Birth, history of Jeep
The American Austin Car Company was founded in 1929 but lasted less than five years before filing for bankruptcy in 1934.
In 1935, the American Bantam Car Company in Butler emerged from the company’s reorganization efforts.
Bantam initially manufactured economy cars but switched course after the U.S. Army requested prototype reconnaissance cars in the summer of 1940.
More than 100 manufacturers received the U.S. Army’s request. Bantam was the only company that promised to design, manufacture and deliver a working vehicle with the army’s requirements by the 49-day deadline. Bantam’s tenacity encouraged the Army to award it a contract.
Bantam hired engineer Karl Probst from Detroit who immediately began work on a model for the Army. He spent 18 hours at the drafting board, and his design later became known as the Jeep.
On Sept. 23, 1940, Bantam delivered its first reconnaissance car, driven by Ralph Turner of Butler, to the Army at Camp Holabird, Md. The Army received the car just half an hour before the deadline.
The Army tested the Bantam Reconnaissance Car, BRC, for 30 days, then shared the vehicle design with Ford Motor Co. and Willys-Overland. Bantam and the two other companies received orders from the Army for 1,500 BRC vehicles each.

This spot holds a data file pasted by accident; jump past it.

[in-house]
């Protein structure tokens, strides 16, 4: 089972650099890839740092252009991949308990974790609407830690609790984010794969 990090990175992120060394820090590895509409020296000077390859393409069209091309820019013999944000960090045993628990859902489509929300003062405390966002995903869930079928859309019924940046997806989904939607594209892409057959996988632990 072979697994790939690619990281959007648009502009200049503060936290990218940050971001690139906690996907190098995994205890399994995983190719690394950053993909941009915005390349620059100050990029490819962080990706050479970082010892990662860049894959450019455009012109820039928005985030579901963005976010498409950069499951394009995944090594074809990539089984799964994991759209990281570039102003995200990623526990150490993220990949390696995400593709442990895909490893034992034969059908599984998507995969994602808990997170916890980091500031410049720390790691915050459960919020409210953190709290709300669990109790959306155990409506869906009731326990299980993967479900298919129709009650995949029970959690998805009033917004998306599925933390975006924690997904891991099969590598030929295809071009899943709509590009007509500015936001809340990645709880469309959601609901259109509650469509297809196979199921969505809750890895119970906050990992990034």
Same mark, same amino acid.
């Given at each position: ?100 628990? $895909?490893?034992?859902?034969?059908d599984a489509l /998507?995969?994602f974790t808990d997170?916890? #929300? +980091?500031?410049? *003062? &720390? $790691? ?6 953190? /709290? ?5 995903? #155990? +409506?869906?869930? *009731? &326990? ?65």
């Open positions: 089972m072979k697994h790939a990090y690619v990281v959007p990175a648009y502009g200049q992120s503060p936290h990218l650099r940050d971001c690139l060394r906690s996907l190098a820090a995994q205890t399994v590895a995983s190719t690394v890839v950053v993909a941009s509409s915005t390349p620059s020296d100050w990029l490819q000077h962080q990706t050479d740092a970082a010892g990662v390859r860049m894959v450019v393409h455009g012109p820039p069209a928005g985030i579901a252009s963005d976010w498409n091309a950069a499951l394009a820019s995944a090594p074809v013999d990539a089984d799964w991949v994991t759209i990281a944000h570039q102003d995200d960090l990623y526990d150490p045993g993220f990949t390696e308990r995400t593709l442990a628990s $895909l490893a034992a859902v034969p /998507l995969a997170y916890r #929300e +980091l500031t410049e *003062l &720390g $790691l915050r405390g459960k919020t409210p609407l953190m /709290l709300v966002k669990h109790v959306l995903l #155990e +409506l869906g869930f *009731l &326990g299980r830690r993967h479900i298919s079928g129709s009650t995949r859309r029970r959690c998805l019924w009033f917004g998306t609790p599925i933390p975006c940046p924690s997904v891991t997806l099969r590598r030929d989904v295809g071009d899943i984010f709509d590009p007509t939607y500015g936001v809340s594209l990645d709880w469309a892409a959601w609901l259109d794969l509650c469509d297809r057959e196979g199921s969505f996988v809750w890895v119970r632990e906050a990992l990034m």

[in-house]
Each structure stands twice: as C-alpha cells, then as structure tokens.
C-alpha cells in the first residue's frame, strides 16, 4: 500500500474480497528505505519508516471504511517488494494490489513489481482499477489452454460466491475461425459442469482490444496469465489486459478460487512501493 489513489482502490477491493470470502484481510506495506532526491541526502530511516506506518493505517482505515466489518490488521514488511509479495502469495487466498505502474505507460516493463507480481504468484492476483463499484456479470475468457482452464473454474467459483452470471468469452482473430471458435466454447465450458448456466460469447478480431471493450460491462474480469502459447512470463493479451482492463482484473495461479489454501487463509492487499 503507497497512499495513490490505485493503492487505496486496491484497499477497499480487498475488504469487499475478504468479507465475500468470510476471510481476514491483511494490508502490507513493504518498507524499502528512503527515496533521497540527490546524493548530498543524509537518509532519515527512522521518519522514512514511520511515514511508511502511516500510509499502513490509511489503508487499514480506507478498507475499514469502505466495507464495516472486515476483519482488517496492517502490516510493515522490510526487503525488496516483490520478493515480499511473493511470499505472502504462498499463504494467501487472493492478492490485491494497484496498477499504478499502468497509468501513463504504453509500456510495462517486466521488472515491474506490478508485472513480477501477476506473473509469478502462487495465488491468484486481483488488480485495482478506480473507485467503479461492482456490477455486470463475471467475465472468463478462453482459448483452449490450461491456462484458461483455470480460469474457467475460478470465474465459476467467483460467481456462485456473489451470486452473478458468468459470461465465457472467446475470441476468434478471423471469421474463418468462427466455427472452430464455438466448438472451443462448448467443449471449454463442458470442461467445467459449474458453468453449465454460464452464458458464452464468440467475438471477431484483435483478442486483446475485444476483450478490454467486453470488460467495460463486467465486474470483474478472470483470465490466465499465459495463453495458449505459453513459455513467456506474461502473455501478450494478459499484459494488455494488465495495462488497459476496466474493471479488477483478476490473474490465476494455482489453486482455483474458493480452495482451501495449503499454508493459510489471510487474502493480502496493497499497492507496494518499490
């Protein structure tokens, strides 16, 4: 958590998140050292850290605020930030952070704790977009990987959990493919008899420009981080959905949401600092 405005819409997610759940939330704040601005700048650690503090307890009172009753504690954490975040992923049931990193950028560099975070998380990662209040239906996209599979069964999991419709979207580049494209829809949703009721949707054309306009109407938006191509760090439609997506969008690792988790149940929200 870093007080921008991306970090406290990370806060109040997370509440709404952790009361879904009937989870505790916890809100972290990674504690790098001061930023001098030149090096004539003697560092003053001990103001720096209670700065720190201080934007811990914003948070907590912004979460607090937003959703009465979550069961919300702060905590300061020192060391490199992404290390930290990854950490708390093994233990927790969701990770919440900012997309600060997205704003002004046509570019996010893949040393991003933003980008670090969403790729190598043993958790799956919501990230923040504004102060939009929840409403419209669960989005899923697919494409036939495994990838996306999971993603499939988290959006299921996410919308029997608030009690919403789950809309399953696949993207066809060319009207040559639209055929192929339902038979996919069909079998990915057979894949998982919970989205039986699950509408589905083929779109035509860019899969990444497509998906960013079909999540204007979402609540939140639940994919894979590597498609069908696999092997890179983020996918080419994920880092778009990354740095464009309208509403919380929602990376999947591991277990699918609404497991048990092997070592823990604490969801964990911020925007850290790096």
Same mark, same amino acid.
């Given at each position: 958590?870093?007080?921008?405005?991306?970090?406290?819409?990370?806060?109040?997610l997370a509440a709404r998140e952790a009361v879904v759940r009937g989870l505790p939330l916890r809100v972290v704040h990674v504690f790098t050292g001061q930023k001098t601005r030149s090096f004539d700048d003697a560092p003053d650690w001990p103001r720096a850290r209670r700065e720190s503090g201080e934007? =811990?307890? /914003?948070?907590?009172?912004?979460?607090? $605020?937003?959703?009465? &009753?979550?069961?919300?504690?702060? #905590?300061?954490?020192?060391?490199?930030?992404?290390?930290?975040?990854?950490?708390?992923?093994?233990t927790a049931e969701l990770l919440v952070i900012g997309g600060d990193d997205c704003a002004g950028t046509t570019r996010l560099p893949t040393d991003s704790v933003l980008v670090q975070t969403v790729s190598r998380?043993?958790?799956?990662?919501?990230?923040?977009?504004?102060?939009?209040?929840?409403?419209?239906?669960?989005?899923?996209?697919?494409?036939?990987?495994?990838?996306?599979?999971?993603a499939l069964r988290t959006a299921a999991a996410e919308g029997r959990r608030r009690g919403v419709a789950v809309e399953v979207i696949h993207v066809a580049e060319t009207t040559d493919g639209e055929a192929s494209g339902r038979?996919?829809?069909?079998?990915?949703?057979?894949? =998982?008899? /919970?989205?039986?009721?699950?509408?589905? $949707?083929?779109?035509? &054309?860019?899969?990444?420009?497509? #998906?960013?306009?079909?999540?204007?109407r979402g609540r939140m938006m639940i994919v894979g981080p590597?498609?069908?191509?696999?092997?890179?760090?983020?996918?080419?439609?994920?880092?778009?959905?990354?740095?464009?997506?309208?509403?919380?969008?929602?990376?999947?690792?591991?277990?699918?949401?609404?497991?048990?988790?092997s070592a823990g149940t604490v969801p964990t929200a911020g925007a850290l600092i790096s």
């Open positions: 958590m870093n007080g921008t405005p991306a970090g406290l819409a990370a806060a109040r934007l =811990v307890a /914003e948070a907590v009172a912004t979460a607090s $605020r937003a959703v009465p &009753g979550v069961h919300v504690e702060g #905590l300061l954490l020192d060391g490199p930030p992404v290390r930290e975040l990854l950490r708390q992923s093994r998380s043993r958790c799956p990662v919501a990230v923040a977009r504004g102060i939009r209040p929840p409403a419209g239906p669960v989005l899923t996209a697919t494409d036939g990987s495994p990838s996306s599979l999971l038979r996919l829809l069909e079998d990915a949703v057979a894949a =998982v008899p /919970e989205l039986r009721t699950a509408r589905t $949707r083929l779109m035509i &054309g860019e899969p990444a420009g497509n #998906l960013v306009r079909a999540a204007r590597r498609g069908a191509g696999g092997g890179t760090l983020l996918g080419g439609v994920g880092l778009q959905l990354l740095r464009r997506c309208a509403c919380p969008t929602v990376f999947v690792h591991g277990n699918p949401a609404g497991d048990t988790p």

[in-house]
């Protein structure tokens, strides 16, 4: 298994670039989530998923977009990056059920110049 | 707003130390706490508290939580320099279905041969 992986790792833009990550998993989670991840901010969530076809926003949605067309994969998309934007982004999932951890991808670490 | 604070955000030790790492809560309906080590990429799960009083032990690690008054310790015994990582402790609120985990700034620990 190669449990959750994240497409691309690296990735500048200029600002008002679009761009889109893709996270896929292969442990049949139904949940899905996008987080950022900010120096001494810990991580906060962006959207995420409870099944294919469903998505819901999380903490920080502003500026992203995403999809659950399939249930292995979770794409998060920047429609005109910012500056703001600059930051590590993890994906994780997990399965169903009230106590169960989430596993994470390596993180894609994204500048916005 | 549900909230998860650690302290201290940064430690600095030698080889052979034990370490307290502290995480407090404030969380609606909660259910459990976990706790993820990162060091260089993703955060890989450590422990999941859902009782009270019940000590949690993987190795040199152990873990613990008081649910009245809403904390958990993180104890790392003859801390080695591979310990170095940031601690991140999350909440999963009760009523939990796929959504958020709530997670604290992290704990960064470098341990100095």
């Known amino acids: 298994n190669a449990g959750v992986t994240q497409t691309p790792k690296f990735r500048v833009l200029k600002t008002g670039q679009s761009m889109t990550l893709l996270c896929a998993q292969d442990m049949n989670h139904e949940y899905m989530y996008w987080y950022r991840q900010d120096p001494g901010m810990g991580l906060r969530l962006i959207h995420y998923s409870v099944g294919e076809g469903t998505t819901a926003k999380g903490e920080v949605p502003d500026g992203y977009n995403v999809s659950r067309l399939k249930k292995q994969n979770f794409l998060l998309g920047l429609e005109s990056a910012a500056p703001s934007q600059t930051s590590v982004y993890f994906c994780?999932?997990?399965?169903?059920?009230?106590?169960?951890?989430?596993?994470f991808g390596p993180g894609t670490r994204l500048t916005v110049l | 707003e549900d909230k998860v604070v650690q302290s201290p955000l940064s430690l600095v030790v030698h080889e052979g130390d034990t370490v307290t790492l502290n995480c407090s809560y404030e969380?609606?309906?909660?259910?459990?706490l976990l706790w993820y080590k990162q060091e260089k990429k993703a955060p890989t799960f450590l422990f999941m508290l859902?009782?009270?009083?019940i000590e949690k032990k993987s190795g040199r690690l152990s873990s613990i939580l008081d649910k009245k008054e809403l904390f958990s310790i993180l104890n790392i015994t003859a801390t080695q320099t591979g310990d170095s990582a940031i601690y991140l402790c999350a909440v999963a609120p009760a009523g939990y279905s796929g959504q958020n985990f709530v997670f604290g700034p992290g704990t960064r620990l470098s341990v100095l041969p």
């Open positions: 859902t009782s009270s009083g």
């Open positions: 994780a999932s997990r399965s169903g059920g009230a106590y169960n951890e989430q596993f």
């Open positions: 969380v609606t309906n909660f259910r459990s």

During WWII, the vehicles became widely popular for military use. Over 600,000 vehicles were built to handle rough terrain and to cart soldiers and equipment.
In 1950, Willys-Overland Motors of Toledo, Ohio, received a trademark for the Jeep after several rejected applications. Bantam stopped production of Jeeps after fulfilling the Army’s initial order and went on to make trailers, motors and other items before discontinuing all manufacturing in 1956.
Jeeps remained popular with the Army until the ’80s. The Jeep was then replaced by AM General’s Humvee.
Production of the Jeep continued for nonmilitary use during a continual transfer of ownership and manufacturing rights. In January of 1987, Chrysler Corp. took over Jeep manufacturing and continues to this day.
Sources: “The Birthplace of the Jeep” by Butler County Tourism & Convention Bureau and “A Brief History of Jeep: 75 Years from Willys to Wrangler” by Larry P. Vellequette of Automotive News.